Not to be confused with kauri.
Cowry, also sometimes spelled cowrie, plural cowries, is the common name for a group of small to large sea snails, marine gastropod molluscs in the family Cypraeidae, the cowries. The word cowry is also often used to refer only to the shells of these snails, which overall are often shaped more or less like an egg, except that they are rather flat on the underside.
Many people throughout history have found (and still find) the very rounded, shiny, porcelain-like shells of cowries pleasing to look at and to handle. Indeed the term "porcelain" derives from the old Italian term for the cowrie shell (porcellana) due to their similar translucent appearance. Shells of certain species have historically been used as currency in several parts of the world, as well as being used, in the past and present, very extensively in jewellery, and for other decorative and ceremonial purposes.
Some species in the family Ovulidae are also often referred to as cowries. In the British Isles the local Trivia species (family Triviidae, species Trivia monacha and Trivia arctica) are sometimes called cowries. The Ovulidae and the Triviidae are somewhat closely related to the Cypraeidae.Main articles: Cypraeoidea, Cypraeidae, and Shell money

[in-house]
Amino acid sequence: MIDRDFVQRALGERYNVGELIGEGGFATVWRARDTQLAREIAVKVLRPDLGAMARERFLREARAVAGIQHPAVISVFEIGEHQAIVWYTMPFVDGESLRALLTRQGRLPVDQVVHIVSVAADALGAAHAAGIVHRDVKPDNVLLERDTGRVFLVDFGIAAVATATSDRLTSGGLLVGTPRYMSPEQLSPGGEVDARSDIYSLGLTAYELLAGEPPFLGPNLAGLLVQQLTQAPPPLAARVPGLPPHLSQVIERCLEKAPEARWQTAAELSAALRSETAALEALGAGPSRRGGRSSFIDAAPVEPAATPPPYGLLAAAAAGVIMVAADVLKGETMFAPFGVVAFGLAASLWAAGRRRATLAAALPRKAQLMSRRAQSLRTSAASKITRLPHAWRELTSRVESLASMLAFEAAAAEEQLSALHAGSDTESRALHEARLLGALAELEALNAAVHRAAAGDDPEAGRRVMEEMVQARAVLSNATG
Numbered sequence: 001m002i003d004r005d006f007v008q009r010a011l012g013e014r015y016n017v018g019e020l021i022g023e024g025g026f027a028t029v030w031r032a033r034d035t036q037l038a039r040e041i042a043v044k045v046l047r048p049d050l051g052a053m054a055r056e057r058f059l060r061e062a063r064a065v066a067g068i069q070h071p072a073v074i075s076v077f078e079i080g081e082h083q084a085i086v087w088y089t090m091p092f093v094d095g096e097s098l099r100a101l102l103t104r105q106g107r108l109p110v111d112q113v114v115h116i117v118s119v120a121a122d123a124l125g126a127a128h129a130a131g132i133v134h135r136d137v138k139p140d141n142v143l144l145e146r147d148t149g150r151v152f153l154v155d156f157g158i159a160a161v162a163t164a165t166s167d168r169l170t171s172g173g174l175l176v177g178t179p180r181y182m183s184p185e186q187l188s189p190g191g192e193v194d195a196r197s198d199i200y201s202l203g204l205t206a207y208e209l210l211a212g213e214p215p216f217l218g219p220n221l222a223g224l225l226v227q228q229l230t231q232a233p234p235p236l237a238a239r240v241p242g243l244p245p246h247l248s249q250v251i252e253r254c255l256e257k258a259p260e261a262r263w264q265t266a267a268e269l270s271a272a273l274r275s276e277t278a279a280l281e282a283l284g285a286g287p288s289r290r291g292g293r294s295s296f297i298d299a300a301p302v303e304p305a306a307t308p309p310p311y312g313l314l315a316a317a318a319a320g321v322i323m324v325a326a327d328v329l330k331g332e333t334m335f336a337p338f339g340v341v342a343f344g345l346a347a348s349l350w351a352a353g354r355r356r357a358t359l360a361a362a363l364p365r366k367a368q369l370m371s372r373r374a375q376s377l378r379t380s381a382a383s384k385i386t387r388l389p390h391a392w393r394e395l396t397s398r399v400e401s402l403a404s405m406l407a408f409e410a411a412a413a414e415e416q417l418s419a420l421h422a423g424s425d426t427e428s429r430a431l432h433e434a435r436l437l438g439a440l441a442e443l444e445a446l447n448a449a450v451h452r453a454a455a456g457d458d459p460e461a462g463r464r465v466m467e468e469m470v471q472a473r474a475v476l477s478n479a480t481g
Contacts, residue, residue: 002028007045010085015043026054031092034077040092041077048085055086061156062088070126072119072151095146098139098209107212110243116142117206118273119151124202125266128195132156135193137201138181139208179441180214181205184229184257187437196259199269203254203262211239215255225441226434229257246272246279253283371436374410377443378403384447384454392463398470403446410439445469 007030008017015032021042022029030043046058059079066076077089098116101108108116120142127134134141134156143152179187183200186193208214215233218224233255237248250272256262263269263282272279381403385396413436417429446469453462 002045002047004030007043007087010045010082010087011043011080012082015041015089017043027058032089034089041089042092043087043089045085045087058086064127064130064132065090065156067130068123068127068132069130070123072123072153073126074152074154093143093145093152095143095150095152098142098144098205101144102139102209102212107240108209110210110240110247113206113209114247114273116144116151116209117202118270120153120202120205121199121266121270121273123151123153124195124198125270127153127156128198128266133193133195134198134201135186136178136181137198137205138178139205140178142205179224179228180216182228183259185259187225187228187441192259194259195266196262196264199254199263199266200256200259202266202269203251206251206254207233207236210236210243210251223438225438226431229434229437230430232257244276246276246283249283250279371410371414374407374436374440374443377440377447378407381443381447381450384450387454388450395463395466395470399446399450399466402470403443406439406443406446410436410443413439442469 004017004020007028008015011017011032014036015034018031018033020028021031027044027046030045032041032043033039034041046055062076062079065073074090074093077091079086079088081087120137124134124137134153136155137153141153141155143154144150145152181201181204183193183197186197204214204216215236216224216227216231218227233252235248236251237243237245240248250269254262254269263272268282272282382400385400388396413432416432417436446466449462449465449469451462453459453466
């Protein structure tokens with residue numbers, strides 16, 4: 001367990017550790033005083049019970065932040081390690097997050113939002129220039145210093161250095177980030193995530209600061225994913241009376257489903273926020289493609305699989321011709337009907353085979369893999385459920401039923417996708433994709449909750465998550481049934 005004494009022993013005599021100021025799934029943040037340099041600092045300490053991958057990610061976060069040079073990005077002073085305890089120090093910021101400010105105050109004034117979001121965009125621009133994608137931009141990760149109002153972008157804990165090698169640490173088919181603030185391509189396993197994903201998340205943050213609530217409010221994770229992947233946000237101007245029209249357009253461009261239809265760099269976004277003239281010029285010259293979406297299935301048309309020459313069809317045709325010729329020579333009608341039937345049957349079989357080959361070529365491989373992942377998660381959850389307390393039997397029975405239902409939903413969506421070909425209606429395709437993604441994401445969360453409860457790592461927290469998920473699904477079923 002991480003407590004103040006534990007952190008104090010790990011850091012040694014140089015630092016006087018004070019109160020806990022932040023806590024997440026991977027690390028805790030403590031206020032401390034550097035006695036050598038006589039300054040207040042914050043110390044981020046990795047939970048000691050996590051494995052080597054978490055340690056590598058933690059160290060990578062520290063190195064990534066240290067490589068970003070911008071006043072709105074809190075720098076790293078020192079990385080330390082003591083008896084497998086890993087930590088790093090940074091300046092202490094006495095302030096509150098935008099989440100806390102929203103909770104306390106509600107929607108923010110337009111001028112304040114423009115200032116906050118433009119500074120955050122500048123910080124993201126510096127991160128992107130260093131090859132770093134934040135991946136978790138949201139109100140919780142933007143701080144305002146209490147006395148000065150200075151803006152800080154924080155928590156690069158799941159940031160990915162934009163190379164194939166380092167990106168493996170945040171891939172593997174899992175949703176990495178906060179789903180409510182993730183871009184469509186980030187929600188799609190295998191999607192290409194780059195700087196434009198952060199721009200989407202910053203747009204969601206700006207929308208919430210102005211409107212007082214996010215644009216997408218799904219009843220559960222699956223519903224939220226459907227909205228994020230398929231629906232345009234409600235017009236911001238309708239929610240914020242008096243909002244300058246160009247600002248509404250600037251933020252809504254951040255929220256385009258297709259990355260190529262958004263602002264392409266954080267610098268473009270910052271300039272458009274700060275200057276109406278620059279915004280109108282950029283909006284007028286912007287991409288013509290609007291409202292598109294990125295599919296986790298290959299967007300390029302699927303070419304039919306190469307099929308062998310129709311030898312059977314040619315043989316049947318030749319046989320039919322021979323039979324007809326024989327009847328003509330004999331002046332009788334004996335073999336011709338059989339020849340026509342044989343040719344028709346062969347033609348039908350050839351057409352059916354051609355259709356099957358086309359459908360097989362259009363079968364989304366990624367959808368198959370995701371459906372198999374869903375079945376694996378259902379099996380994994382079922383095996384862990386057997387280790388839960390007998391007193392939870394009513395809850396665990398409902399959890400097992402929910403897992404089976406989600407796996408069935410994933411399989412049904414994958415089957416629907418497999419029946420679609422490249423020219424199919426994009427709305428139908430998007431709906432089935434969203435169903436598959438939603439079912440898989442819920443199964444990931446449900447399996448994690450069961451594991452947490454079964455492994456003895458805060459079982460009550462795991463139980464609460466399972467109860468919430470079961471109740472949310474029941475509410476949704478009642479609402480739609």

The shells of cowries are almost always smooth and shiny and more or less egg-shaped, with a flat under surface which shows a long, narrow, slit-like opening (aperture), which is often toothed at the edges. The narrower end of the egg-shaped cowry shell is the anterior end. The spire of the shell is not visible in the adult shell of most species, but is visible in juveniles, which have a different shape than the adults.
All cowry shells have a porcelain-like shine except Hawaii's granulated cowry, Cypraea granulata. Many have colorful patterns. Lengths range from 5 mm for some species up to 15 cm for the tiger cowry, Cypraea tigris.
- ^ Oxford English Dictionary: "The ceramic material was apparently so named on account of the resemblance of its translucent surface to the nacreous shell of the mollusc. [...] The cowrie was probably originally so named on account of the resemblance of the fissure of its shell to a vulva (it is unclear whether the reference is spec. to the vulva of a sow)."
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